Scrapping for Scraps
DOJ seeks to protect what belongs to the American people.
What are scraps for some is salvage for others.
Does America know the whereabouts of 10,900 documents taken by Trump illegally from the White House?
That’s what’s remaining of the documents found at Mar-a-Lago after the 100 ‘classified’ documents, which the DOJ is attempting to remove from the purview of the Special Master. So worded is the DOJ appeal of Judge Cannon’s ruling filed Thursday, September 15 with the 11the Circuit Court of Appeals in Atlanta.
Recall the events of Monday, February 5:
A federal judge intervened on Monday in the investigation of former President Donald J. Trump’s handling of sensitive government records, ordering the appointment of an independent arbiter to review a trove of materials seized last month from Mr. Trump’s private club and residence in Florida.
The judge, Aileen M. Cannon of the Federal District Court for the Southern District of Florida, also temporarily barred the Justice Department from using the seized materials for any “investigative purpose” connected to its inquiry of Mr. Trump until the work of the arbiter, known as a special master, was completed. (1)
…she went on, the government had not suggested there was any “identifiable emergency or imminent disclosure of classified information arising from” Mr. Trump’s retention of the materials. Instead, she added, “the unwarranted disclosures that float in the background have been leaks to the media after the underlying seizure.” (2)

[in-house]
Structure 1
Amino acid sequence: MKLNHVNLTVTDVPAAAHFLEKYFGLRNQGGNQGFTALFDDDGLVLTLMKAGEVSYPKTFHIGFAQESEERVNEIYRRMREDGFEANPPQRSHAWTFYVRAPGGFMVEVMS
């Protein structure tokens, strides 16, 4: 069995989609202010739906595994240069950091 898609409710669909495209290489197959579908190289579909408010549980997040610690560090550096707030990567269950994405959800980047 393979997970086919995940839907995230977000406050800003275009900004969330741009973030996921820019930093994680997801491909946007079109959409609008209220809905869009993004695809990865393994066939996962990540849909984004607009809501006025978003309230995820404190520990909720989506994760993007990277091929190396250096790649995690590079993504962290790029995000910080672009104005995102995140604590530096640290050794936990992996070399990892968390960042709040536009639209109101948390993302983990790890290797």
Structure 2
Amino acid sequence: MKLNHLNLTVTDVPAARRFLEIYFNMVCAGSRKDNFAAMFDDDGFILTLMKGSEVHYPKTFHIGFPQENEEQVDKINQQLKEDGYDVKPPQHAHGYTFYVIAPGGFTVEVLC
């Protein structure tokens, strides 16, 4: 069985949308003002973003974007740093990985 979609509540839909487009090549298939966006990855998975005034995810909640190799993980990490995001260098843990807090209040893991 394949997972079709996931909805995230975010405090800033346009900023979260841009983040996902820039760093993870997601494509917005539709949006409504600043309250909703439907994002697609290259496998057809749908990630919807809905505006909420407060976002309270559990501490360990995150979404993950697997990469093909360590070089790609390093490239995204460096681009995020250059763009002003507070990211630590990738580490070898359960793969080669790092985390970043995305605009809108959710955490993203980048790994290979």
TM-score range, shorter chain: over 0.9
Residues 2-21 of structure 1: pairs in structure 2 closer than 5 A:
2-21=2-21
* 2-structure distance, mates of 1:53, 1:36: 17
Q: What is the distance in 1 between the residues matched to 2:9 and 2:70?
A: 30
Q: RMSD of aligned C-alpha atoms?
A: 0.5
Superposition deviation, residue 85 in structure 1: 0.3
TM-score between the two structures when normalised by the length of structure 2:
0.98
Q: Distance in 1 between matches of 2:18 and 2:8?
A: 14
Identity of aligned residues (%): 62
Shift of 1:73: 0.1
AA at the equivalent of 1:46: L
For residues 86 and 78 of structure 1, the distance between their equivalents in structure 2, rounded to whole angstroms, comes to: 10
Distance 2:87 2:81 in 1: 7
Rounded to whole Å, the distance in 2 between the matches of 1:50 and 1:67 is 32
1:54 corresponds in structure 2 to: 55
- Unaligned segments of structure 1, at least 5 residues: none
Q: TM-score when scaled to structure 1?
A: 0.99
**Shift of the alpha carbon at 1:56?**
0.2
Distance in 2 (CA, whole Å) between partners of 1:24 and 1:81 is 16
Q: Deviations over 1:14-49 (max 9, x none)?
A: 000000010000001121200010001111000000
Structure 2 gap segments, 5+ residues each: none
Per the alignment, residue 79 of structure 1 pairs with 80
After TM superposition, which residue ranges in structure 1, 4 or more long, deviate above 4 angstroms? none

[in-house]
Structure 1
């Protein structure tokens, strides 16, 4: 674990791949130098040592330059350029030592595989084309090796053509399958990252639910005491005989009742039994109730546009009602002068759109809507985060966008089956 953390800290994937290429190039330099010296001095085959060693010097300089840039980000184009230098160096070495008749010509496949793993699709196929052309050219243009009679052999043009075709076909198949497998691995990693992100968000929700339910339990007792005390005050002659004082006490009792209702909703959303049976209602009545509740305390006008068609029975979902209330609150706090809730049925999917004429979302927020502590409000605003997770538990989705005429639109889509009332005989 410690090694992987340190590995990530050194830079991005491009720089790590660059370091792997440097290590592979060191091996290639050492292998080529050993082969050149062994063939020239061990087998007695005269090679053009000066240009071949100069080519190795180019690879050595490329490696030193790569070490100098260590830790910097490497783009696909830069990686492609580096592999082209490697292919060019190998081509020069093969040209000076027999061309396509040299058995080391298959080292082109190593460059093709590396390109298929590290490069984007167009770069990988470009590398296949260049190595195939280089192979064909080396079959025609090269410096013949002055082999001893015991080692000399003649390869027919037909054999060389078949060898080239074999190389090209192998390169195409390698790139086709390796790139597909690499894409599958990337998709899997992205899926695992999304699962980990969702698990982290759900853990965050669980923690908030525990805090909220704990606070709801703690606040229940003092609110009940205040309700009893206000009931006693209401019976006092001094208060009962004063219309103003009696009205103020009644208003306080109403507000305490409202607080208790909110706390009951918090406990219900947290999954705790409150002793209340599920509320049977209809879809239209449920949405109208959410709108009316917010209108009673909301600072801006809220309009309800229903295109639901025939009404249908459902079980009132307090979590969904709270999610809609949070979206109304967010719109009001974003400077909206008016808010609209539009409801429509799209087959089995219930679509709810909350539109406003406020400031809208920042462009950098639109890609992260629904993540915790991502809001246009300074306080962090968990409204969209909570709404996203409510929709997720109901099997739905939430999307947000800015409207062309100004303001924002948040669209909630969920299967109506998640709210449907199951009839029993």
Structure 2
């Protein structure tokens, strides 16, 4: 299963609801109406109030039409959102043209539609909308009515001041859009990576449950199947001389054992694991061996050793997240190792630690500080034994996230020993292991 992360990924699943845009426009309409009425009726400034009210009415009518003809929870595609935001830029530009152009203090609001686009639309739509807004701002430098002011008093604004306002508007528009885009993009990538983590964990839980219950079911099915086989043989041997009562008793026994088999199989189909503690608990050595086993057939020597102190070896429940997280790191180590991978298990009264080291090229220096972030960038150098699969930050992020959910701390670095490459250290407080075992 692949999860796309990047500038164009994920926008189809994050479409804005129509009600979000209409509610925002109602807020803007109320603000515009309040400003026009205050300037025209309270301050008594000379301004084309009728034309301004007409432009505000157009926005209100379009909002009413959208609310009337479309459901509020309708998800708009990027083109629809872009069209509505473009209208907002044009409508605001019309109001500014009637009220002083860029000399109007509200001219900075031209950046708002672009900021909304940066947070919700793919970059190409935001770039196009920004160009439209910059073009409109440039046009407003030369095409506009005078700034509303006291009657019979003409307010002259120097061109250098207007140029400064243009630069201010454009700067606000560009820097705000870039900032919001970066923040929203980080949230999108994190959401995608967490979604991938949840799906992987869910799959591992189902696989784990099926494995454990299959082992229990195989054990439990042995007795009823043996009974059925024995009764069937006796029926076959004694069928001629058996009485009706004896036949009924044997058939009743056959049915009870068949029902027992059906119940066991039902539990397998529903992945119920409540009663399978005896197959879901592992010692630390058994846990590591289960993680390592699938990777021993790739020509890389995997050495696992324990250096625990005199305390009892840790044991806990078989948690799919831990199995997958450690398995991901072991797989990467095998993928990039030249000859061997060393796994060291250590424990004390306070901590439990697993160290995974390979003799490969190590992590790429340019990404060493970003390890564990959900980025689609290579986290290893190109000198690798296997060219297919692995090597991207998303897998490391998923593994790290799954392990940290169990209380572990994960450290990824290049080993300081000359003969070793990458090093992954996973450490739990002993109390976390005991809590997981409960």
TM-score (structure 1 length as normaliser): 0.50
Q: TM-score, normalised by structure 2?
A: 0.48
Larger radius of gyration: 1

Aside: Someone please explain to Judge Cannon that investigative reporting is different from ‘leaking information’ to the press.
Several impressions surfaced during last week’s back and forth in ‘Trump v. United States’ as to the legal disposition on the release of the documents “seized” at Mar-a-Lago.
Several reflections also surfaced on how one uses language to report events “accurately.”
Consider: Were the Mar-a-Lago documents “seized,” or “recovered?” The documents were ‘seized’ if they were not turned over upon request; ‘recovered,’ if they were intentionally removed, hidden, then discovered.
Consider: How does one accuse mishandling of government property if one maintains that the property belongs to him?
Recall there is no concept of ‘public’ or ‘government’ in Trump’s head.
Positive and negative impressions of the judicial system ‘at work:’
On the one hand, CNN and MSNBC present a parade of experienced legal advisors to explain what’s going on — a respectful yawn, here; a rueful yawn, there. And with news of a decision, the same parade of legal advisors pass off a staged giddiness that justice is “at hand.”
On the other hand, a cynicism expressed by Judge Cannon and others — notably Trump — of the investigative process in general and which under-girds a refusal to even acknowledge the public interest in the documents. The furthest Judge Cannon’s conceded in her response to the government request for the 100 ‘classified documents release was to instruct the Special Master to proceed to examine these documents, first.
Upon review the government is seeking a stay of Judge Cannon’s decision to block any investigation by the FBI until Special Master Dearie has “cleared” the documents of privilege.